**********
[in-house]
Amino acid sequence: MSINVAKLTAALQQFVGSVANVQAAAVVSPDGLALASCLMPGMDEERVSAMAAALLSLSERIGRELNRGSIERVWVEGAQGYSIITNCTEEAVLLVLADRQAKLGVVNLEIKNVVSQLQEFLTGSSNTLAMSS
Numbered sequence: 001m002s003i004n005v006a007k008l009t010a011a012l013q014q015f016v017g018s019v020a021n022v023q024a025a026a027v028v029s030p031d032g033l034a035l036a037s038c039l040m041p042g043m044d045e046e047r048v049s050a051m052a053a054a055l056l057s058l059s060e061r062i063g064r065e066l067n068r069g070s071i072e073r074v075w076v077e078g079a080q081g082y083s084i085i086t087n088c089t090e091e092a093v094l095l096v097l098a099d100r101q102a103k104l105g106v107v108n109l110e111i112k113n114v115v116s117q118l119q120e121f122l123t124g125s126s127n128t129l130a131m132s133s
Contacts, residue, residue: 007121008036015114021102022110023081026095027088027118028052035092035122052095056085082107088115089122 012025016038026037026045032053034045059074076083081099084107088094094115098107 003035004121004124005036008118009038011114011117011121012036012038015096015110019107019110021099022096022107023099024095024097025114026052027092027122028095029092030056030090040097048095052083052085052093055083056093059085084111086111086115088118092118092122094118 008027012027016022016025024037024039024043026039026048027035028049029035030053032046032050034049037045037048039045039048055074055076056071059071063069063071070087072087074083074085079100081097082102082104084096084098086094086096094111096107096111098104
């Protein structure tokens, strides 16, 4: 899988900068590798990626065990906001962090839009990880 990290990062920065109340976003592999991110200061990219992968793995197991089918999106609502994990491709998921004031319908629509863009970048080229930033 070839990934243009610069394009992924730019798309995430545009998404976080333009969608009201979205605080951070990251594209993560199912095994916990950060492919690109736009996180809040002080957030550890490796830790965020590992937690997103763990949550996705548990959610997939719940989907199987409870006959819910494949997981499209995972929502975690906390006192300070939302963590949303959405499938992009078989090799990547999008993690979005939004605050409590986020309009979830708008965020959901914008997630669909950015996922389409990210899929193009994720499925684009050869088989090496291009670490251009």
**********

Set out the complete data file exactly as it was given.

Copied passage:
[in-house]
Amino acid sequence: MSINVAKLTAALQQFVGSVANVQAAAVVSPDGLALASCLMPGMDEERVSAMAAALLSLSERIGRELNRGSIERVWVEGAQGYSIITNCTEEAVLLVLADRQAKLGVVNLEIKNVVSQLQEFLTGSSNTLAMSS
Numbered sequence: 001m002s003i004n005v006a007k008l009t010a011a012l013q014q015f016v017g018s019v020a021n022v023q024a025a026a027v028v029s030p031d032g033l034a035l036a037s038c039l040m041p042g043m044d045e046e047r048v049s050a051m052a053a054a055l056l057s058l059s060e061r062i063g064r065e066l067n068r069g070s071i072e073r074v075w076v077e078g079a080q081g082y083s084i085i086t087n088c089t090e091e092a093v094l095l096v097l098a099d100r101q102a103k104l105g106v107v108n109l110e111i112k113n114v115v116s117q118l119q120e121f122l123t124g125s126s127n128t129l130a131m132s133s
Contacts, residue, residue: 007121008036015114021102022110023081026095027088027118028052035092035122052095056085082107088115089122 012025016038026037026045032053034045059074076083081099084107088094094115098107 003035004121004124005036008118009038011114011117011121012036012038015096015110019107019110021099022096022107023099024095024097025114026052027092027122028095029092030056030090040097048095052083052085052093055083056093059085084111086111086115088118092118092122094118 008027012027016022016025024037024039024043026039026048027035028049029035030053032046032050034049037045037048039045039048055074055076056071059071063069063071070087072087074083074085079100081097082102082104084096084098086094086096094111096107096111098104
């Protein structure tokens, strides 16, 4: 899988900068590798990626065990906001962090839009990880 990290990062920065109340976003592999991110200061990219992968793995197991089918999106609502994990491709998921004031319908629509863009970048080229930033 070839990934243009610069394009992924730019798309995430545009998404976080333009969608009201979205605080951070990251594209993560199912095994916990950060492919690109736009996180809040002080957030550890490796830790965020590992937690997103763990949550996705548990959610997939719940989907199987409870006959819910494949997981499209995972929502975690906390006192300070939302963590949303959405499938992009078989090799990547999008993690979005939004605050409590986020309009979830708008965020959901914008997630669909950015996922389409990210899929193009994720499925684009050869088989090496291009670490251009």